Automatic recording of individual animals’ weight is a good opportunity to monitor performance, adjust feed requirements, uncover any problems that may be affecting some animals. In the second year of the Bovine project, some demonstrates related to automated weight was carried out.
A video was produced on an experimental station in Ath (in Wallonia) by Dumoulin (Arvesta group). The video below explains how the growth evolves and what effect it has on the feed conversion. The animals are weighed in the fattening phase. A scale is placed in front of the feeder and the weight data is recorded when they enter to feed. Different types of concentrates are tested. This measuring is happening already for more than ten years. The farm works with Belgian Blue bulls, which are kept in an intensive fattening period from 250kg to 650kg live weight.
The cost of the weighing equipment is undoubtedly a major obstacle. Because up to 10 animals are housed in each pen, data is only available for a limited number of animals. Keeping the weighing installation free of manure and dirt is also a point of concern. More labour to clean the pen and the weighing box. Also is need electricity nearby the pen. However, this innovation would be a great help to know the feed conversion during the fattening phase.
A demonstration on a commercial beef farm located in the north west of Ireland also was performed. The demonstration was of an automated weighing scales placed in a finishing beef shed and positioned in front of a water drinker. The purpose of the demonstration was to examine the potential of an automated weighing system to reduce labour input and improve animal management on a beef farm in Ireland.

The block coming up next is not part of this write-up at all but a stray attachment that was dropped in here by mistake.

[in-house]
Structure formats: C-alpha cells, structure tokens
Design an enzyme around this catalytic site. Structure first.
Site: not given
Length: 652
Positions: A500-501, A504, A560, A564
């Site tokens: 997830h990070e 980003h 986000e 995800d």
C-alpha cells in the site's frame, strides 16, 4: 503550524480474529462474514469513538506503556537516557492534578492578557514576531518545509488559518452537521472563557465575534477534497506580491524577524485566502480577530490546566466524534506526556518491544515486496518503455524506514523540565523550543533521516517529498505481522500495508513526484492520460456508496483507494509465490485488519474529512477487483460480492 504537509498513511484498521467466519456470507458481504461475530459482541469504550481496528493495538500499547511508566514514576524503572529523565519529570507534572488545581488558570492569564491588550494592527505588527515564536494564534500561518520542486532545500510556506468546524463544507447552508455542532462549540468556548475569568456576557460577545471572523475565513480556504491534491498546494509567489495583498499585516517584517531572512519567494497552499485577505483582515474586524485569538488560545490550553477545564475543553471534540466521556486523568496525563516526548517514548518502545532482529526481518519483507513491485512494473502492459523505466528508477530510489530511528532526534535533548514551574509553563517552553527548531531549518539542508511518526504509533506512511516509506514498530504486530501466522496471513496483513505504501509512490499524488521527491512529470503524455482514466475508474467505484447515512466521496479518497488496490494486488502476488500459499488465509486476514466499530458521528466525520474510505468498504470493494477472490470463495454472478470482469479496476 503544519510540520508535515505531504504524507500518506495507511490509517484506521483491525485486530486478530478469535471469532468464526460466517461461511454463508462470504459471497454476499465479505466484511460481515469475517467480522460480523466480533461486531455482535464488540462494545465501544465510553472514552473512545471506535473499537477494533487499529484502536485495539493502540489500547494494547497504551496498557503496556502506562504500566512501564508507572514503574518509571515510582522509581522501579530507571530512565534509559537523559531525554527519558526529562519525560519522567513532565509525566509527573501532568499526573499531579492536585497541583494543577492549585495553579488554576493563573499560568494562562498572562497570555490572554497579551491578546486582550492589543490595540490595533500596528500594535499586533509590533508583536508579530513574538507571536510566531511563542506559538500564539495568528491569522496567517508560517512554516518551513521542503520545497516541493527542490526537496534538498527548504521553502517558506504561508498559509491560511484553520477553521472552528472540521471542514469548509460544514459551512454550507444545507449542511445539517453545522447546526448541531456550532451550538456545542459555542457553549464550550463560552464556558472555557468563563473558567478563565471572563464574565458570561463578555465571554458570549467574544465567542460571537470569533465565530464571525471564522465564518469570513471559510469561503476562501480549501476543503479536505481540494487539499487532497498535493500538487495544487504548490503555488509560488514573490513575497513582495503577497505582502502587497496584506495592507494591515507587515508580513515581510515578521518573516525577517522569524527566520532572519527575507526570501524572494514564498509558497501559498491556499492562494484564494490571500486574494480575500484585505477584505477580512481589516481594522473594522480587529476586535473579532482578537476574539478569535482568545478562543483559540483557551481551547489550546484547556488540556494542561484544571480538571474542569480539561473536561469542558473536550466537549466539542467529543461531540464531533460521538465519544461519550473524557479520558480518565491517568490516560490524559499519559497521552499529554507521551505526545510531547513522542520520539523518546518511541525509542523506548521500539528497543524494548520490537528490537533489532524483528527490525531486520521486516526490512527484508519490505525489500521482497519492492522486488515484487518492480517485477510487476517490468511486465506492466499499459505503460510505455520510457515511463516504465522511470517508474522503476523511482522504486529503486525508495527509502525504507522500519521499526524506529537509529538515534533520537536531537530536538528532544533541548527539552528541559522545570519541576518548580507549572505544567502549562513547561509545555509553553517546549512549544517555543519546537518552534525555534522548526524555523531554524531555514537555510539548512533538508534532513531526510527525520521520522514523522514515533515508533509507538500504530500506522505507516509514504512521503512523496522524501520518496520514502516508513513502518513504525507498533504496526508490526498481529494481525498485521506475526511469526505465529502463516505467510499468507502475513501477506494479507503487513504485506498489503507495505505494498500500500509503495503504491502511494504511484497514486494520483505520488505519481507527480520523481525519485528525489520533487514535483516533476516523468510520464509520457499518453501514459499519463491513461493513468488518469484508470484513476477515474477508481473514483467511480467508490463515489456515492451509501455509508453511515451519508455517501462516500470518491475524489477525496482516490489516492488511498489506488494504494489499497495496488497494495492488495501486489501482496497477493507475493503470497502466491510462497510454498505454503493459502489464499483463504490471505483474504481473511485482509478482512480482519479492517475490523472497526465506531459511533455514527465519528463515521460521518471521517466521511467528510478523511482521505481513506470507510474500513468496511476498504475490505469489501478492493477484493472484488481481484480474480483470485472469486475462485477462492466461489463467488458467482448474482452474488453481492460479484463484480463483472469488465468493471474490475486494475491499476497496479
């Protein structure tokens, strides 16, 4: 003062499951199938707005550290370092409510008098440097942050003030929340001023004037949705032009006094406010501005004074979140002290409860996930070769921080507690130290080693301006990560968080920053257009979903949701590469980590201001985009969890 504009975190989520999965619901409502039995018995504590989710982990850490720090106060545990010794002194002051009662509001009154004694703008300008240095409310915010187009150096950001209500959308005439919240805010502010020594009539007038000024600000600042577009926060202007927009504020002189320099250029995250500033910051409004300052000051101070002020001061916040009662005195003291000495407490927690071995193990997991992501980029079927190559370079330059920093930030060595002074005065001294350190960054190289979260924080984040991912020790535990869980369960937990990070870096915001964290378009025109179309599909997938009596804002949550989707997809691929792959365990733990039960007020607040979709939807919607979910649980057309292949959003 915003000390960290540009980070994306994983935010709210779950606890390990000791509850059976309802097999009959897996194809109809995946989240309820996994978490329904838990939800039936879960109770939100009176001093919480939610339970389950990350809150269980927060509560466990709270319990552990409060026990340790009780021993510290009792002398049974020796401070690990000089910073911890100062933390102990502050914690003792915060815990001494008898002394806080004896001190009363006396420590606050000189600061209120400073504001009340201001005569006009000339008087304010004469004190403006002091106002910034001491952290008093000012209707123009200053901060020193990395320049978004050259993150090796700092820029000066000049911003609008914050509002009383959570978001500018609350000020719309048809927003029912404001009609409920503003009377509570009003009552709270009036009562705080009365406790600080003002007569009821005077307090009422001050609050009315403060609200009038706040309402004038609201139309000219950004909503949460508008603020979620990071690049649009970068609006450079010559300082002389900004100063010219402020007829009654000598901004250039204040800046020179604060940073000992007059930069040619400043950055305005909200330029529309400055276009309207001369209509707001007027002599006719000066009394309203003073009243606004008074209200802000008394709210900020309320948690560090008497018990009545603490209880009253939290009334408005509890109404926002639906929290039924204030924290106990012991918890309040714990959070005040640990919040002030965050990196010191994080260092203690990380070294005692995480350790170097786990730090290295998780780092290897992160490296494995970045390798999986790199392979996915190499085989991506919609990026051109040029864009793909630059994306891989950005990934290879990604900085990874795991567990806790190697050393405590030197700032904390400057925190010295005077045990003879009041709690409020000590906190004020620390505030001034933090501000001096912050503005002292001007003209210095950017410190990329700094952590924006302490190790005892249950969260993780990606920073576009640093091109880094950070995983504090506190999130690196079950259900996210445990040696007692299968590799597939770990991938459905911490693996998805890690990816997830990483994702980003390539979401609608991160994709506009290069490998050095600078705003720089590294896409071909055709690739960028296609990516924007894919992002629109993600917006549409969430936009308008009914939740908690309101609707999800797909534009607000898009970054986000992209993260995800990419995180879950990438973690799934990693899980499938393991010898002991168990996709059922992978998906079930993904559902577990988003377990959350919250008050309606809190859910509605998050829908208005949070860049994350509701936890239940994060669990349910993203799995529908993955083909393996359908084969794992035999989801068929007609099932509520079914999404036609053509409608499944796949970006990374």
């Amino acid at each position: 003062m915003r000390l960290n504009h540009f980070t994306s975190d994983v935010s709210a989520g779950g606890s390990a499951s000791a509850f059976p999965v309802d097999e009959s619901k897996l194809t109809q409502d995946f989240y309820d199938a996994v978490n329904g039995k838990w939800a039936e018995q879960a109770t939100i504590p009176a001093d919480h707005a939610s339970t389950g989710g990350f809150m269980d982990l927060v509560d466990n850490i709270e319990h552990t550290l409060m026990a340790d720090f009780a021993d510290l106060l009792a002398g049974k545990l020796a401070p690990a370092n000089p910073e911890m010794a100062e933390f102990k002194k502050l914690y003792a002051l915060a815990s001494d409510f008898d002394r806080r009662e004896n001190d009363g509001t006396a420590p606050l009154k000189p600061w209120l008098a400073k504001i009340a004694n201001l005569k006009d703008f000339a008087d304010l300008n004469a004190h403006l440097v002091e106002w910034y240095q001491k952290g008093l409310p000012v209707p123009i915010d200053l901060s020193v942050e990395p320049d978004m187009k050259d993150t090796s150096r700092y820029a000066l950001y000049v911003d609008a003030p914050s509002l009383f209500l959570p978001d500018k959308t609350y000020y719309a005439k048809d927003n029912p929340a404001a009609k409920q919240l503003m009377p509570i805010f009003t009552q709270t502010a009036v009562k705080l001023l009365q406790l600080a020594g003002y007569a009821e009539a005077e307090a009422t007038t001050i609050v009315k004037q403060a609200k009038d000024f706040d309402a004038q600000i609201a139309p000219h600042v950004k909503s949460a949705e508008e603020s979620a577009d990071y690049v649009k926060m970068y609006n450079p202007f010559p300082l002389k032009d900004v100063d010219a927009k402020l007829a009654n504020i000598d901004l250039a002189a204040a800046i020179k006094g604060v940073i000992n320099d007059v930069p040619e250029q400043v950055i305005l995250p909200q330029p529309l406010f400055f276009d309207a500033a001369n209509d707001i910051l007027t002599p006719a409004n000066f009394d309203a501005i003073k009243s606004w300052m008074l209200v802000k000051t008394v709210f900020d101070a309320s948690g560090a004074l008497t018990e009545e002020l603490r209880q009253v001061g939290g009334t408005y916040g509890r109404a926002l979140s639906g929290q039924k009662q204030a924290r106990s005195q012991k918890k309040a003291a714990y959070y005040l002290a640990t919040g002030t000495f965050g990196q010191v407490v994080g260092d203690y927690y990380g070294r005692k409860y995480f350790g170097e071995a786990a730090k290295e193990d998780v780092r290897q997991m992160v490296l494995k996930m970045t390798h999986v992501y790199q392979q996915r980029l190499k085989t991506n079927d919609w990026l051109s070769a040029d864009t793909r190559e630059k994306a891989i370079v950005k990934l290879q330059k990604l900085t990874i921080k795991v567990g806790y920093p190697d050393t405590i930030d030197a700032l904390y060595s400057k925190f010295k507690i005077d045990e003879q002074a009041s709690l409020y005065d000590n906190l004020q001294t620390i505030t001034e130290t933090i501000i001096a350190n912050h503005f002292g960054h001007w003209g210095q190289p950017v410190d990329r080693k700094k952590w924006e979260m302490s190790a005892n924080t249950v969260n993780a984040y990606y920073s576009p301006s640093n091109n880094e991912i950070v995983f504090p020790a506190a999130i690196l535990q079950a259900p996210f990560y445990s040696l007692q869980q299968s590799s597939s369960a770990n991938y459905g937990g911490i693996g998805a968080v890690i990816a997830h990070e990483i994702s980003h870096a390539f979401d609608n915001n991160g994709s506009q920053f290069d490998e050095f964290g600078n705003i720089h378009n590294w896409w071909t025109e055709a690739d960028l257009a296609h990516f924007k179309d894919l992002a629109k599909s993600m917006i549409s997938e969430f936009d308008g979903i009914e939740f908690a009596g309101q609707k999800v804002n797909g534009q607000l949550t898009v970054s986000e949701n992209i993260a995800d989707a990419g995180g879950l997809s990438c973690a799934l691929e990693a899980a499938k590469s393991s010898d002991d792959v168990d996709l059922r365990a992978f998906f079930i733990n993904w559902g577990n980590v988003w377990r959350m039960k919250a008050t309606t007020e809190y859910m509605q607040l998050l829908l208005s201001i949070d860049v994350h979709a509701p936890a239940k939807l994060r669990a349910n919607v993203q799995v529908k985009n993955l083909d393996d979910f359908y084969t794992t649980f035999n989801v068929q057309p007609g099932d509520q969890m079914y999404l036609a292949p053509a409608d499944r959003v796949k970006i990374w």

Several benefits were seen after the demonstration, such as a reduction in the labour required to weigh and select finished beef cattle; and more regular monitoring of average daily gain that allows the farmer to identify if the animals are underperforming and adjust diet or examine for underlying illness. Furthermore, with the system, animals ready for slaughter can be identified earlier, which can reduce feed and housing costs. Obstacles in implementing this innovation also were observed, such as need of training the operator to handle the scales and the software; servicing and calibration of the scales; and the cost of the equipment which can be high in comparison to that of a stand-alone weighing scales and digital clock. Despite the limitations, the system is still recommended because of the benefits it provides to the farmer.
A demonstration was also performed in Poland at the test farm of the Warsaw University of Life Sciences (SGGW) in Obory, close to Piaseczno city. The Professor Marcin Gołębiewski from SGGW presented the innovation face to face to a group of 30 attendees, where 17 of them were farmers. Several pertinent topics were addressed:
- How real-time weighting is important for animal welfare and production efficiency;
- How to install and how to attract animals to use the trough;
- How to interpret the data in terms of animal health conditions;
- How to start and monitor benchmarking system of animals in one pen.
M. Gołębiewski highlighted the benefits of the innovation such as the real-time data (several times a day) on the animals' weight and the ease of handling once the animals are adapted. Despite some constraints such as limited number of animals per pen and the importance of maintaining of scale (cleaning), M. Gołębiewski recommends this innovation to be implemented in the fattening farms. The Powerpoint presentation in Polish is available here.
Further information on the Poland demo: Marcin Gołębiewski from SGGW (email@example.com)
Further demonstrations related to automated weight were carried out within the BovINE consortium in Spain and Italy.